Grand National
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The Derby is for racing purists; the 2000 and 1000 Guineas for the owners; Cheltenham’s Gold Cup for the Irish; but The Grand National is the race for the British people – and at the last estimate, about half a billion more around the globe.
It is a race that is easily understood by those who never watch another horse race all year, starting like a cavalry charge and proceeding like a hunt over the distance of just under 4.5 miles. The height and number of the fences brings in the element of danger, making finishing at times something of a lottery, as Foinavon’s famous 100-1 victory in 1967 showed. Sadly horses die in the race, which is not easy to justify – and one jockey died of his injuries back in 1862.
But it is undoubtedly a national institution, run since 1839 (or arguably 1836): grannies, vicars and freelance writers who don’t place a bet on anything else all year peruse the papers for guides to form; listen to experts spouting nonsense; or choose a horse because they like the colour of its jockey’s silks; or something in a name stirs them – when Party Politics won in 1992 with an election campaign in full swing the bookies took a pasting. Shame. The National has produced heroes human and equine: three-time winner Red Rum became a four-legged celebrity, albeit with more charm than most two-legged versions; Bob Champion’s 1981 success after beating cancer touched the country; and the Duke of Albuquerque’s repeated fruitless efforts made him a legend. Villains too – the 1993 start fiasco made some names mud.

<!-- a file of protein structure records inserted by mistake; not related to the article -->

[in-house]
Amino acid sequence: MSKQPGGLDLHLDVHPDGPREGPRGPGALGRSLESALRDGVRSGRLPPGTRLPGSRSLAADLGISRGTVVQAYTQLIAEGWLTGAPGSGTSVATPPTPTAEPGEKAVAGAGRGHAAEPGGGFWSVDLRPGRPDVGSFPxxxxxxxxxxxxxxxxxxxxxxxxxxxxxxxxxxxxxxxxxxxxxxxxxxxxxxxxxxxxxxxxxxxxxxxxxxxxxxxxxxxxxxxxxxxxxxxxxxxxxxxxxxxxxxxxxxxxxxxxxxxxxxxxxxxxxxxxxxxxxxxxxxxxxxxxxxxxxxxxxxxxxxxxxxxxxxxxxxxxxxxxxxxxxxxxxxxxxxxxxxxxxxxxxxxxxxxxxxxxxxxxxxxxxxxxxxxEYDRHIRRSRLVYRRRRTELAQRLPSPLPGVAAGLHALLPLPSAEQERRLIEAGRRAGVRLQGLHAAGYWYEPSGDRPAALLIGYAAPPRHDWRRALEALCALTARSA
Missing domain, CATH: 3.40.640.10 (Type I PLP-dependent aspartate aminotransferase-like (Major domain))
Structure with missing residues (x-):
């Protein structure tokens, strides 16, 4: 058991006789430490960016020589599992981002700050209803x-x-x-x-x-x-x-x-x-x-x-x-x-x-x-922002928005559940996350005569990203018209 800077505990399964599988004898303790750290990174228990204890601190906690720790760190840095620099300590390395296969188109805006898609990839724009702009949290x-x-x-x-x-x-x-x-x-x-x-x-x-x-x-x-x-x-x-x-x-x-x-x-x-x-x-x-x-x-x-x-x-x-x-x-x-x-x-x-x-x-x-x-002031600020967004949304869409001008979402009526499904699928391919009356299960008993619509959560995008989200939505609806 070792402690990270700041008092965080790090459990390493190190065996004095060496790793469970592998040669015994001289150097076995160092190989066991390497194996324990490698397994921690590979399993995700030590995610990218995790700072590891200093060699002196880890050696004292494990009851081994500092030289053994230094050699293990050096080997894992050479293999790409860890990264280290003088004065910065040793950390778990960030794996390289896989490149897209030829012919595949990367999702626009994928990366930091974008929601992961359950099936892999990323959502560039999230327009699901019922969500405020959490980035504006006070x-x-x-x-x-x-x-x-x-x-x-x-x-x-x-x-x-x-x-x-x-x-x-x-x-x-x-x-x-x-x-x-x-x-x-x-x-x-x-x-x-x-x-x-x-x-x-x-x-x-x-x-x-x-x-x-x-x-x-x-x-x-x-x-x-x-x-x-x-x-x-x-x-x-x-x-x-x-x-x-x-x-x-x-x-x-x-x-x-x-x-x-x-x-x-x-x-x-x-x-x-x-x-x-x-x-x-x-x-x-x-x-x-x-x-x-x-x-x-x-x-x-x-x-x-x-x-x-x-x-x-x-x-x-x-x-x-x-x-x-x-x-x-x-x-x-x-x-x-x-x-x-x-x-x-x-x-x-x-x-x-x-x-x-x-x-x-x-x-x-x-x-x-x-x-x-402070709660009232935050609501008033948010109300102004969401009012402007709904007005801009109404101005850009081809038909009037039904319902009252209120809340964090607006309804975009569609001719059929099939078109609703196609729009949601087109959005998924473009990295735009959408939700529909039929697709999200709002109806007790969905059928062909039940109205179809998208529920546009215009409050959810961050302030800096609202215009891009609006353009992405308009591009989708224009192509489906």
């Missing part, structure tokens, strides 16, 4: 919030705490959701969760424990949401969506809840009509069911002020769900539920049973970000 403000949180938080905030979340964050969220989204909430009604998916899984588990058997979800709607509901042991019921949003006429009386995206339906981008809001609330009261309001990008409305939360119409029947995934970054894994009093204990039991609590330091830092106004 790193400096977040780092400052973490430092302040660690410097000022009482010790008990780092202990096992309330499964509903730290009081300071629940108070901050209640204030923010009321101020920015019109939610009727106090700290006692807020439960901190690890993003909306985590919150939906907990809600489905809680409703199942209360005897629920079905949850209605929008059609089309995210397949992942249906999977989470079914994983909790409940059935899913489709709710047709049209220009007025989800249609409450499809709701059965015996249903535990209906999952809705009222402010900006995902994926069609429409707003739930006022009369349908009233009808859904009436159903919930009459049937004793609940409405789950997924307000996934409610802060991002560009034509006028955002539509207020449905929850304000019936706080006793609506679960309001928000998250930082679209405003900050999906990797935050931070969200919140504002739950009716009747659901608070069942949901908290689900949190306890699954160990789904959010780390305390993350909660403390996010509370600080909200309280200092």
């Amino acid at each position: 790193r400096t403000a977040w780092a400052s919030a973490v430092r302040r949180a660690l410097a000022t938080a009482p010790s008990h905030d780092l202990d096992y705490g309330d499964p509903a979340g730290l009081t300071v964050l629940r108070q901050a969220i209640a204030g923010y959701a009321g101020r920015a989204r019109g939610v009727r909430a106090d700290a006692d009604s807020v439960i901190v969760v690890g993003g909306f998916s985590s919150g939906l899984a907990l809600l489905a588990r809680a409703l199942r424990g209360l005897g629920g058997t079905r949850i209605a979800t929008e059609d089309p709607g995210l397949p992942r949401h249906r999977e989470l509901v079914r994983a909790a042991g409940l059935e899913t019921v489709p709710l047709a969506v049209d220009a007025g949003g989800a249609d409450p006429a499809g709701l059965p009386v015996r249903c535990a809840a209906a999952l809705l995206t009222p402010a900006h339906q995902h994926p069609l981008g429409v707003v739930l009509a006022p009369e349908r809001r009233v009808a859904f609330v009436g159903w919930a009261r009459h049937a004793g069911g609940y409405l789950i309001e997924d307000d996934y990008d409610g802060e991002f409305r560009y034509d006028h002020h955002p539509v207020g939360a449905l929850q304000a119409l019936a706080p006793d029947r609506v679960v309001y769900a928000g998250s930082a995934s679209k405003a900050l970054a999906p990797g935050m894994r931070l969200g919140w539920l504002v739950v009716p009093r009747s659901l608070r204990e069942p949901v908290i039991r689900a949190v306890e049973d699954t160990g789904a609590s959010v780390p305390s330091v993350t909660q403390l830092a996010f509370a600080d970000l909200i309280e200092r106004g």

Every April on one Saturday afternoon we gather round TV sets, or even make our way to Liverpool’s Aintree Racecourse , clutching our office sweepstakes tickets or betting slips – one day my forecast bet will make me rich. But meanwhile there is always next year’s event.

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